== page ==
Scene Running Guide

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This is a basic guide for structuring and running scenes on DCAM or any other game. These are only suggestions meant to aid in the process, and should not be taken as requirements.

It helps to think of a scene as having four phases, each of which will be detailed below. Thinking of a scene as having this kind of structure can help with pacing. For example, if you know your group has four hours to play, you'll want to make sure you start Phase II by the time your first hour has passed, to ensure there's enough time there to get through the meat of the scene and not have to end abruptly.

Contents

Phase I: Exposition

This part of the scene is all about introducing the location and the objective (the problem at hand or the problem about to develop). Generally, one begins with an introductory pose to set up the situation. The set-up can be several minutes before the excitement happens, precisely at the moment the excitement starts or already in the middle of the burgeoning action (in medias res). Let the players have one if not two pose rounds to explain how his or her character is involved. This time will also enable them to set their characters in position for the core of the scene. At this point, the premise of the scene should be clear to the players.
Note: Scene balance is important. If you have three non-powered characters in a scene, throwing Darkseid at them is unlikely to be fun or fair. Or, if an attack is happening in the air or up on a high building, make sure that characters have a means to get to the action, or can assist others into the fray.

Phase II: Rising Action

This is usually the longest part of the scene. In this portion you should bring out the villain(s) or obstacles that bring conflict to the heroes, if they were not revealed in the introduction. A struggle, an argument, a chase, a fight; these are all valid threats. Once you have a good flow going, this can be a good place to add a twist in the story or a temporary defeat, as long as it isn't a scene-buzzkill. It should just be a bit of spice or excitement to enhance the steady buildup to the next phase.
While it is good to have a firm idea of what your scene is about, being flexible is also important. Players will always come up with novel ways to deal with a threat. Combat might occur in a non-combat scene or vice versa. I find it is generally best to err on the side of what would be awesome.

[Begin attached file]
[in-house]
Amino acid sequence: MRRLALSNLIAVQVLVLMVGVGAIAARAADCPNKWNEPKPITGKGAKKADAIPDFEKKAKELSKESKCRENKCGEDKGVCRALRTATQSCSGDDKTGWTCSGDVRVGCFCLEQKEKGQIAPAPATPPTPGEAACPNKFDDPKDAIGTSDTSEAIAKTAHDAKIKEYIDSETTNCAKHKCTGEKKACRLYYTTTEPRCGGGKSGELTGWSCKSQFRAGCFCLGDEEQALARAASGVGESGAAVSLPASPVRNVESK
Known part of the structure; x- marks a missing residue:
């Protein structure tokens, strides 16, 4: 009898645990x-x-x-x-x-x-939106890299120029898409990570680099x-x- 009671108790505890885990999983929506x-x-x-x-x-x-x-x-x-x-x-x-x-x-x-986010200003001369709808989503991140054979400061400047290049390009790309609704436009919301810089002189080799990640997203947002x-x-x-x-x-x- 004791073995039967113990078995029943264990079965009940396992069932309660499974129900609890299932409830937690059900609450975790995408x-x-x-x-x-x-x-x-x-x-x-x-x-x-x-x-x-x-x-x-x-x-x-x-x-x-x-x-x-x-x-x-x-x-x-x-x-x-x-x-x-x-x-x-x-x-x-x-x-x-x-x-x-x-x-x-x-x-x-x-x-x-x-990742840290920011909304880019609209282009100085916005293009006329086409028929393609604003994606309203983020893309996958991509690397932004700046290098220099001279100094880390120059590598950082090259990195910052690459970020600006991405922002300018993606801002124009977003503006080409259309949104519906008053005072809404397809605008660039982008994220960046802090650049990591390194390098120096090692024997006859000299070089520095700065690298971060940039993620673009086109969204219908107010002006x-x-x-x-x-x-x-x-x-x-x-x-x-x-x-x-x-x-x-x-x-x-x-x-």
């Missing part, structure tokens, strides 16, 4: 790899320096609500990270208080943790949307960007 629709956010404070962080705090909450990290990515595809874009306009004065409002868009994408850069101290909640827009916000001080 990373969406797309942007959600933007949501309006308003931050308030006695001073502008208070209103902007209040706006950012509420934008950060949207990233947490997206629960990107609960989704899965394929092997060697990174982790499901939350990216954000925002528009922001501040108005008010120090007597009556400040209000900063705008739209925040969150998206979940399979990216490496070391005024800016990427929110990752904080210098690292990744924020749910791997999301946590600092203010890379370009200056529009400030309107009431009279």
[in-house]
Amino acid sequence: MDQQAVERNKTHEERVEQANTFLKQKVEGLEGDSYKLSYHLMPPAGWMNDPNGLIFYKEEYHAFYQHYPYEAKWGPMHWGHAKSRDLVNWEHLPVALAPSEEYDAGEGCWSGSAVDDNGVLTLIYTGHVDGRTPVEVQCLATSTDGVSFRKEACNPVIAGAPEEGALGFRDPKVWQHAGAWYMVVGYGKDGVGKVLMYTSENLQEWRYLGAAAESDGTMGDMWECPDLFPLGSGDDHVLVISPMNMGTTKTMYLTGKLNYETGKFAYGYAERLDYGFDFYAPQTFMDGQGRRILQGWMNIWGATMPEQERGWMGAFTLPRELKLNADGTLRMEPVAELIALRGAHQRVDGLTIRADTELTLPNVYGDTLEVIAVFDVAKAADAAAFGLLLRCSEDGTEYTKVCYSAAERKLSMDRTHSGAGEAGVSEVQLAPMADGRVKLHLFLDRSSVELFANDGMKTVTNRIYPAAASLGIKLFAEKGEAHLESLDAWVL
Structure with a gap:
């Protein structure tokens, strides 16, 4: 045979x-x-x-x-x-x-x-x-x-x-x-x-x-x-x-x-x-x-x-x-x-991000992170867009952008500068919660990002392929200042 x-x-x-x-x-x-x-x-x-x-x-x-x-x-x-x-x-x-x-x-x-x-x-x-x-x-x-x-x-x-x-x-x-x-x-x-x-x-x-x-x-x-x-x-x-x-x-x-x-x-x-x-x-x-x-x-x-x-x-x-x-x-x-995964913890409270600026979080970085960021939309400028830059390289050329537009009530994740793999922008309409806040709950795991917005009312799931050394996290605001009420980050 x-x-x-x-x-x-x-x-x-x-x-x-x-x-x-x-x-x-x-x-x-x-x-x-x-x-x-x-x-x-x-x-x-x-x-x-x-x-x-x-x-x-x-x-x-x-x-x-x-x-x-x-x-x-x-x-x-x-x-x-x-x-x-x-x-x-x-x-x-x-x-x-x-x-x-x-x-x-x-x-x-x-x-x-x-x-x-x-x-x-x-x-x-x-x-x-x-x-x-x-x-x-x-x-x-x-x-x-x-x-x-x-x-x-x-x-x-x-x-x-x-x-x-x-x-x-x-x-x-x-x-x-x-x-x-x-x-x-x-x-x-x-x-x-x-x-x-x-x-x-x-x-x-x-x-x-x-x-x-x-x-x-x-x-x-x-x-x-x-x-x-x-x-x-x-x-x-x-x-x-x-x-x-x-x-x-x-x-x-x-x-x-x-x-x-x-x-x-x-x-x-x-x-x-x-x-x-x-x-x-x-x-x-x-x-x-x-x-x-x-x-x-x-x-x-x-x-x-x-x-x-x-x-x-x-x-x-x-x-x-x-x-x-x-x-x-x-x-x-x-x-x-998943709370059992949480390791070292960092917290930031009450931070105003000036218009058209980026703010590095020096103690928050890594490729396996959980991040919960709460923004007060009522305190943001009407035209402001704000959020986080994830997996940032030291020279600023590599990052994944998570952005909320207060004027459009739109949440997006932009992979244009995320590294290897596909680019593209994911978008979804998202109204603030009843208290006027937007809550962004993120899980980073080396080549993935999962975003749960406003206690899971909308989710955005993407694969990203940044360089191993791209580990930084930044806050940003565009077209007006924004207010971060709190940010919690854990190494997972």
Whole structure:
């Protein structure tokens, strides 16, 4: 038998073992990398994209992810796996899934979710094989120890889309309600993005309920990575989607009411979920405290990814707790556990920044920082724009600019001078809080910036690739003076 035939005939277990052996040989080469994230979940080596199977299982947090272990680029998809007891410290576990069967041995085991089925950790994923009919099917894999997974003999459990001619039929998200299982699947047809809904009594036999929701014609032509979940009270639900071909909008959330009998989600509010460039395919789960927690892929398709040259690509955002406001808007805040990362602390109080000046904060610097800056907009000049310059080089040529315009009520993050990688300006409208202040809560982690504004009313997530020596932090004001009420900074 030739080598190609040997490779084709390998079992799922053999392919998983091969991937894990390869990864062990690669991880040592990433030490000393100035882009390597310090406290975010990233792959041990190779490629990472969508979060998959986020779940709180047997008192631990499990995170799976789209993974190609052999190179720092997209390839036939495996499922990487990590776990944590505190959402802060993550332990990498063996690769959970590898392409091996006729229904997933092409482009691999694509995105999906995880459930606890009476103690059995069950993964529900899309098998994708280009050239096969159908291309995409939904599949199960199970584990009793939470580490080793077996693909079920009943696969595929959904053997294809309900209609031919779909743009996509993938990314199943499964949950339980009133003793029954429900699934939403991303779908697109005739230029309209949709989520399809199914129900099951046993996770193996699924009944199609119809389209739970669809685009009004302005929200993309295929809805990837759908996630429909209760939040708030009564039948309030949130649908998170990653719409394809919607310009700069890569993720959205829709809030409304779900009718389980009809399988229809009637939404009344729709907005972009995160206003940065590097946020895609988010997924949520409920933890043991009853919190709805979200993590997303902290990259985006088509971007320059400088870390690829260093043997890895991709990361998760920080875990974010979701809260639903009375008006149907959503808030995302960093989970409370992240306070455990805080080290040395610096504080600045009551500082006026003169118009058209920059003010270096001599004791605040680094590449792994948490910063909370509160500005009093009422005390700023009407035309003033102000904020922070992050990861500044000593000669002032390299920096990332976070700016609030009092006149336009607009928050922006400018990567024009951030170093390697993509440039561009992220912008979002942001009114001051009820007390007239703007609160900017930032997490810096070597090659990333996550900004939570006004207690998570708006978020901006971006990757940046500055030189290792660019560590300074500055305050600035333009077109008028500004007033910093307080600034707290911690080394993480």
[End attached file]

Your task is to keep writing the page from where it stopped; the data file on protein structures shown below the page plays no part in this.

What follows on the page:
Phase III: The Climax

The final confrontation. Solving the mystery or finding the prize. The decisive blow, the capture or, possibly, the escape of the threat.
This is when the questions raised by the premise introduced in Phase I should be answered, regardless of whether the hero 'saves the day' or not. The goal is not to 'win the scene' but to have an interesting and fun time during the entire ride. For example, if a villain gets away, the hero-player has not lost a prize--he's won the opportunity to feel more personally motivated in the future when they clash again, as they invariably will.

Phase IV: Falling Action

Once the situation is dealt with, leave a little room for a short wind-down, allowing the heroes a chance to reflect on the situation or touch base with each other or deal with casualties or speak with authorities or make a dopey parting quip to close the scene. While the formally run scene itself may end at this point, it'll give the characters involved something to talk about, follow up on or fume about as they plot revenge which will spur further roleplay.
Of course, this is a good place to stick an additional hook for a future scene if you'd like to do a continuing story or a sequel.

Additional Notes

If you end up with a roster of characters that are more powerful than the threat you have presented, it is perfectly okay to rebalance as you go to keep things fun and challenging. A villain can call in minions, or perhaps another villain was busy doing other things and joins in late. Some caution should be exercised; this is meant to avoid having the scenario end within two rounds. You should not randomly pull in a new threat just to defeat characters who are fairly saving the day.
Sometimes in the course of a scene, players need to drop out for various reasons. Ideally, there will be some fore-warning and this can be worked into the scene; having the character knocked out, or called away, or some other excuse as to why they can no longer be present. Occasionally the player will also give permission to have their character used as an NPC for the rest of the scene, if the scenario does not allow for a graceful exit.
There is the option of pausing and picking up later, although in general I do not favour this because with scenes that have a larger population it can be very difficult to get everyone together again to continue in a timely manner. Leaving people scene-locked is never fun, so if this route is taken my suggestion is to have the scene not IC'ly occur until it is finished.
Finally, if you want to run a scene but find your inspiration lacking, the +hook machine is there to provide scene prompts. These do not have to be followed verbatim, it is just a tool to help get the creative juices flowing.